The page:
Three Dallas Stages Find Dark, Smart Humor in Murder Mental Illness and Fatal Diseases
A comedy-mystery about triple murder; a filthy-funny R-rated puppet show; and a gentle, amusing piece about the unlikely bond between a middle-aged gay dance instructor and a dying Southern Baptist widow—three plays, three small theaters and more evidence of the diversity and depth of talent on Dallas' always-busy stages.
In a trifecta of tiptop productions, the big surprise is Deathtrap, the 30-year-old Ira Levin whodunit reborn at Pocket Sandwich Theatre as a stylish, sexy comic deconstruction of the thriller genre. Nothing is as it seems or goes as expected in this quick-witted but chilling farce about ruthless ambition. The plot is a warped Venn diagram of overlapping relationships, guilty suspects and bloodcurdling crimes.
Forget Sidney Lumet's dud movie version starring Michael Caine, Christopher Reeve and Dyan Cannon. Better to experience Deathtrap live, even at little old Pocket, which tries to get by technically with miscued thunderclaps and lighting more suited to a bingo parlor than the play's Connecticut country house setting. At least director Cindee Mayfield has done slick work baiting the audience with five good actors who get into their groove right away and stay in it all night. At the performance reviewed, the lure of the action and flow of dialogue had the crowd so rapt that when a silhouette suddenly popped up backlit against the set's French doors, the place erupted in a chorus of screams that took several moments to subside. Delightful.
That's the fun of Deathtrap, which takes all the clichés of murder mystery plays—intricate plotting, contrived theatrics, glib characters—and places them in plain view. "Drop dead," snipes one character to another shortly before that very thing happens.
Levin, writer of Rosemary's Baby and The Stepford Wives, may have created his alter ego in Deathtrap's droll leading man, Sidney Bruhl (played at Pocket with oily sneers by Dennis Millegan). Sidney's a master of stage thrillers who hasn't had a hit in 18 years and needs one soon. Through him, Levin fires an arsenal of satirical shots at writers who take themselves too seriously. "Nothing recedes like success," Sidney cracks. He later threatens to beat someone to death with Roget's Thesaurus.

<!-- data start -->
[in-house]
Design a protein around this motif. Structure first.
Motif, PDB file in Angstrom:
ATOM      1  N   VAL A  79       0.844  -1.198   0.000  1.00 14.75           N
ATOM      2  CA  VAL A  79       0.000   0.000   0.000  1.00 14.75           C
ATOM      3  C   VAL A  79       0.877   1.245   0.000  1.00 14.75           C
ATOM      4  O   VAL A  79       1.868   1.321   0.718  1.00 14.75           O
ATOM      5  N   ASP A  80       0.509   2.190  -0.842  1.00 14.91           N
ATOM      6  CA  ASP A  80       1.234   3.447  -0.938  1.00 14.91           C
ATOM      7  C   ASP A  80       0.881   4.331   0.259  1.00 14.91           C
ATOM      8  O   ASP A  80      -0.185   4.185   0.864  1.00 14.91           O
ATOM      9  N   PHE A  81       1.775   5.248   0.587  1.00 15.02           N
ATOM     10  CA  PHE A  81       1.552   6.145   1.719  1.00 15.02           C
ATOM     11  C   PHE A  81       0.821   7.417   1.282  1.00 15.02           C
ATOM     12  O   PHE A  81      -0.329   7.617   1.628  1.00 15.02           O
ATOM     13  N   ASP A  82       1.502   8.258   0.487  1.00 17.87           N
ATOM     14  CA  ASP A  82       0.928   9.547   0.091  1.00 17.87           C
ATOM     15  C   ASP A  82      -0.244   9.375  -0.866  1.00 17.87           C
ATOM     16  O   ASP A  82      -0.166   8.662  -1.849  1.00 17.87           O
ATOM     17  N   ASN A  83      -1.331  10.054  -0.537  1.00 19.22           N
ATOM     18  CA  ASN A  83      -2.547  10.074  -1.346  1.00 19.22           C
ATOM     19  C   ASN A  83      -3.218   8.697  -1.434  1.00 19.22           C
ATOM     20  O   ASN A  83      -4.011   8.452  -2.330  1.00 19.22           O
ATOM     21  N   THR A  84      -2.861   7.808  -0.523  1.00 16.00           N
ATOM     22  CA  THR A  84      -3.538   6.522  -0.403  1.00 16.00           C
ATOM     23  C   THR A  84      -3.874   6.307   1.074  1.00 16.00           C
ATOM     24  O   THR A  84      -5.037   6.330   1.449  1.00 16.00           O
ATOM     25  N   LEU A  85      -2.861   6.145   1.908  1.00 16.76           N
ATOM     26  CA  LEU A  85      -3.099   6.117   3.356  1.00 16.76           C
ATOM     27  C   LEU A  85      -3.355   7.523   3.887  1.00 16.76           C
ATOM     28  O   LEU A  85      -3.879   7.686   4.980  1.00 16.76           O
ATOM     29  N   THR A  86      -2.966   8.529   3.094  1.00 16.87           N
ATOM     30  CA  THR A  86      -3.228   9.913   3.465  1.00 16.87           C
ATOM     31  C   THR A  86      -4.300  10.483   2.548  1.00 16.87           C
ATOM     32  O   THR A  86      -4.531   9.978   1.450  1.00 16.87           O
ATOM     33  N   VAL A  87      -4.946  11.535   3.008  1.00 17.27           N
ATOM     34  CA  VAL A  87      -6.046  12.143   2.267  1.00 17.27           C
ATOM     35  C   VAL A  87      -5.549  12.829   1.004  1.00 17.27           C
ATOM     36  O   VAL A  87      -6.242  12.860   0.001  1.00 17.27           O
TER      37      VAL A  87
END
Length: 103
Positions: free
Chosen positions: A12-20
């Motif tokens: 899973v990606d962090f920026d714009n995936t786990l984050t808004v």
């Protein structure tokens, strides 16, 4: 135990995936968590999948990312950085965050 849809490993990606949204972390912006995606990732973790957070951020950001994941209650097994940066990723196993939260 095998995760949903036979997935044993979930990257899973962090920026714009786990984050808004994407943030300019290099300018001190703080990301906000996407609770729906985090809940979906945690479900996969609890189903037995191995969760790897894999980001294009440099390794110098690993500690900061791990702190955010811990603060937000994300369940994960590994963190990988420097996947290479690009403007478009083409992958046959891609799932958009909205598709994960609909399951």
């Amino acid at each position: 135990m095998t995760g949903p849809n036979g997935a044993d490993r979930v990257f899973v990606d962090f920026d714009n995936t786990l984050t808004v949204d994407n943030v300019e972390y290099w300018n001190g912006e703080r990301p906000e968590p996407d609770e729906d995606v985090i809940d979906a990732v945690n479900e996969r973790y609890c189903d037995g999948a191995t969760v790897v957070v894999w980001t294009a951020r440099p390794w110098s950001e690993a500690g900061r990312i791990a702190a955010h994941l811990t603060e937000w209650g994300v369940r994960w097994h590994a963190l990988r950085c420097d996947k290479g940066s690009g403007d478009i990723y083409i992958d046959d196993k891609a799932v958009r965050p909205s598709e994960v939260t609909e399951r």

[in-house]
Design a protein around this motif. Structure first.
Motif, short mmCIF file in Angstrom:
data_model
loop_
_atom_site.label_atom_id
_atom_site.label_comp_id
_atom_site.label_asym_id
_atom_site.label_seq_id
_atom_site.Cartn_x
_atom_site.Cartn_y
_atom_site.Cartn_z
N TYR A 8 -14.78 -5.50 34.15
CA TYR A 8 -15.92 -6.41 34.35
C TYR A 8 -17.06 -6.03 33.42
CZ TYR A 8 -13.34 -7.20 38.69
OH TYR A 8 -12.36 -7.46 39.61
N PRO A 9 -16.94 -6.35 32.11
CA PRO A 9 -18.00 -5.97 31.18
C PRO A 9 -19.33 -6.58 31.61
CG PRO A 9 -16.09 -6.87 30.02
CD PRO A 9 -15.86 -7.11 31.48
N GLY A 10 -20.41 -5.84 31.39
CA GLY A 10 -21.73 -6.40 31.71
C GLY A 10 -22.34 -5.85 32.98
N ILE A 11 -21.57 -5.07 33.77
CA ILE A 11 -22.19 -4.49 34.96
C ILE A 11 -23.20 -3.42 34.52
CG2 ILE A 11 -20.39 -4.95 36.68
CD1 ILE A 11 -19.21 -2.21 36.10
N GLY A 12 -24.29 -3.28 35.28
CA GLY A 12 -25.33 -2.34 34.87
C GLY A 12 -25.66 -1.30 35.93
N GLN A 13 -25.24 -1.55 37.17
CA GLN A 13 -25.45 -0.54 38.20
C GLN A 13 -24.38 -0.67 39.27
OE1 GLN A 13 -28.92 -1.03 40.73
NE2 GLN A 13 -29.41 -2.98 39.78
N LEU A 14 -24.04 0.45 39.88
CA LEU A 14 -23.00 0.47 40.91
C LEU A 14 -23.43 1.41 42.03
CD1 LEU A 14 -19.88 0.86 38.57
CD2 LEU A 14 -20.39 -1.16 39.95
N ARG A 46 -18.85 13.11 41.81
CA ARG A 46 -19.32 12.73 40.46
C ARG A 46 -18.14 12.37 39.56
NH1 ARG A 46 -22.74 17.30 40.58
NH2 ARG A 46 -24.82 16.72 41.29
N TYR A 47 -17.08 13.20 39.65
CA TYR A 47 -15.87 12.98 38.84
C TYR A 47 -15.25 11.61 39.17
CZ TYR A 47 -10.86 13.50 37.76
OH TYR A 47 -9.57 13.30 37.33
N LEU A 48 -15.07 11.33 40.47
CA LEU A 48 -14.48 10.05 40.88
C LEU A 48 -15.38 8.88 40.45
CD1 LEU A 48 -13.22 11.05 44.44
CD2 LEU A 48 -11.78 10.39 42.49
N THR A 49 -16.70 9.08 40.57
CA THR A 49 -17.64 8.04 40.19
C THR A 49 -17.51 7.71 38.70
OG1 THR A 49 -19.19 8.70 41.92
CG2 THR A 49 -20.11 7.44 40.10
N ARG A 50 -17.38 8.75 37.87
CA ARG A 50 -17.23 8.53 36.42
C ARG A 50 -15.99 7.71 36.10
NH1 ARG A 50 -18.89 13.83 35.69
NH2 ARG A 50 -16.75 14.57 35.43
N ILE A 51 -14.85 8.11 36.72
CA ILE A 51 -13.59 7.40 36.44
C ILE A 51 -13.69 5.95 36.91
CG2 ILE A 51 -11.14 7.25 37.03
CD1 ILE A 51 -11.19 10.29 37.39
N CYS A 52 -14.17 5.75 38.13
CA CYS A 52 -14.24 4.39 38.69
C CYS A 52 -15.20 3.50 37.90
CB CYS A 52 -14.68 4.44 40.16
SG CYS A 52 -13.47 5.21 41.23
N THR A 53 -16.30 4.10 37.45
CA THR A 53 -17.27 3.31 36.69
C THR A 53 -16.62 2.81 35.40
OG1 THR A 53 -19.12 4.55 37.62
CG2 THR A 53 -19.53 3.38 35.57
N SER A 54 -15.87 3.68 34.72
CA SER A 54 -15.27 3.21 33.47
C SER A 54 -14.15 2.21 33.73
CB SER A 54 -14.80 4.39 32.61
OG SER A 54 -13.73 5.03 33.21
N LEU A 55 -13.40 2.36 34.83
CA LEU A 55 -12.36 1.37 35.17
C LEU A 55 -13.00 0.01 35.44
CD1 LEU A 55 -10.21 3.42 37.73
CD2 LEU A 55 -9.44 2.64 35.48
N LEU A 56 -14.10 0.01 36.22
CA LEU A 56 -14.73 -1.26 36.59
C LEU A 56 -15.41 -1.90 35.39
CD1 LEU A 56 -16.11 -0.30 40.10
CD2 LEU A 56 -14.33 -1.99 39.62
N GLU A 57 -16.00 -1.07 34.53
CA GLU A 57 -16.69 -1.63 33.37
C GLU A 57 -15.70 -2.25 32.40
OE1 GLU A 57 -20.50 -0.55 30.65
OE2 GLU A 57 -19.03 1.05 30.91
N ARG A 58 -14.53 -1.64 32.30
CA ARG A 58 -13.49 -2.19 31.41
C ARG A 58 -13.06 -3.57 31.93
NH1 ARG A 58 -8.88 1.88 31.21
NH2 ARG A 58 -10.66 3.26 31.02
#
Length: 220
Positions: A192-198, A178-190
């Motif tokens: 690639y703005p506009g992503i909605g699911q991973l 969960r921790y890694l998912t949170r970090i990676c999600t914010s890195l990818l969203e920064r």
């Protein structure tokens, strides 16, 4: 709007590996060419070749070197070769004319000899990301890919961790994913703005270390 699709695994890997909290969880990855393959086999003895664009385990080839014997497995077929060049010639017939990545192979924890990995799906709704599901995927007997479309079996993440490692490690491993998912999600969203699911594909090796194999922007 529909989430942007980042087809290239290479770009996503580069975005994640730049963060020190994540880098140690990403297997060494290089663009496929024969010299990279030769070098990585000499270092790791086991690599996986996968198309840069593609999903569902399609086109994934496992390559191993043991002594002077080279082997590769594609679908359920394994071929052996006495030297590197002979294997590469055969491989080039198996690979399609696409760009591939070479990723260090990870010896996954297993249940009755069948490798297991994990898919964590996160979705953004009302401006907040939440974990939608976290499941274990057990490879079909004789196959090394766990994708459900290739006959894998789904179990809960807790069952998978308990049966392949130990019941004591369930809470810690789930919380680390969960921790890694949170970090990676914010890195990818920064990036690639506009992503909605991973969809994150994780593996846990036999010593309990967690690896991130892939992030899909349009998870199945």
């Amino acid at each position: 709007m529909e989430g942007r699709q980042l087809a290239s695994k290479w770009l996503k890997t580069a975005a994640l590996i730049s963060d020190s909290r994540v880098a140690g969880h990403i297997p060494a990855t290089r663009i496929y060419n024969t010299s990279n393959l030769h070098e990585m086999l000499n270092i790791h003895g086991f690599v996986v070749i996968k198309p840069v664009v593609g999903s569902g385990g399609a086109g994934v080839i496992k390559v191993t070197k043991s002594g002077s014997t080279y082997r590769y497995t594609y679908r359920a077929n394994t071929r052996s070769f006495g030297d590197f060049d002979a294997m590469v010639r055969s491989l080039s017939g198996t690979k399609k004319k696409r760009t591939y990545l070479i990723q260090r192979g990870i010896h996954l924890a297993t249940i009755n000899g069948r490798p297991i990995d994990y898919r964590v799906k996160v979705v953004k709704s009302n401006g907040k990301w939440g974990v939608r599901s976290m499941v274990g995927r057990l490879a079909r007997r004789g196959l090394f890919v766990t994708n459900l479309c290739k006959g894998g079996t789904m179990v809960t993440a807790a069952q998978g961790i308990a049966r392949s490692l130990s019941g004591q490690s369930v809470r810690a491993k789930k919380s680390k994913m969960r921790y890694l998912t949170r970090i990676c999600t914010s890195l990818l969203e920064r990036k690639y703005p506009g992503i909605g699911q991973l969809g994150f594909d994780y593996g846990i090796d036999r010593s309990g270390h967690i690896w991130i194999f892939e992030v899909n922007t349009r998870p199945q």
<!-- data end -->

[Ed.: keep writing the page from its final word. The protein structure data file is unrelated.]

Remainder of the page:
The worm turns for Sidney when he gets a script in the mail from an eager writing student, Clifford Anderson (Beau Trujillo, looking every inch the conniving gigolo). The young man's play is so perfect it tips Sidney from professional jealousy to thoughts of homicide. What if he invited Clifford for a visit, made sure the kid brought all existing versions of the manuscript (mentions of "carbon copies" instantly carbon-date the play to pre-laptop era) and then killed him and stole his work?
Sidney's wife, the excitable and independently wealthy Myra (played with hair-trigger jitters by the wonderful Trista Wyly), comes around to the efficiency of the scheme. But when Clifford actually shows up in the living room, her resolve and her unhealthy heart weaken.
Two supporting characters complicate matters further: Helga Ten Dorp, a Dutch psychic played by Angela Wilson with a loopy accent and a flair for getting laughs on exit lines; and Porter Milgrim, a dour attorney played by Rodney Dobbs (co-founder of Pocket, husband of this play's director and designer of the pine-paneled scenery strewn with medieval weaponry). Helga gets bad vibes in Sidney's house. Porter suspects Clifford of ripping off ideas from Sidney.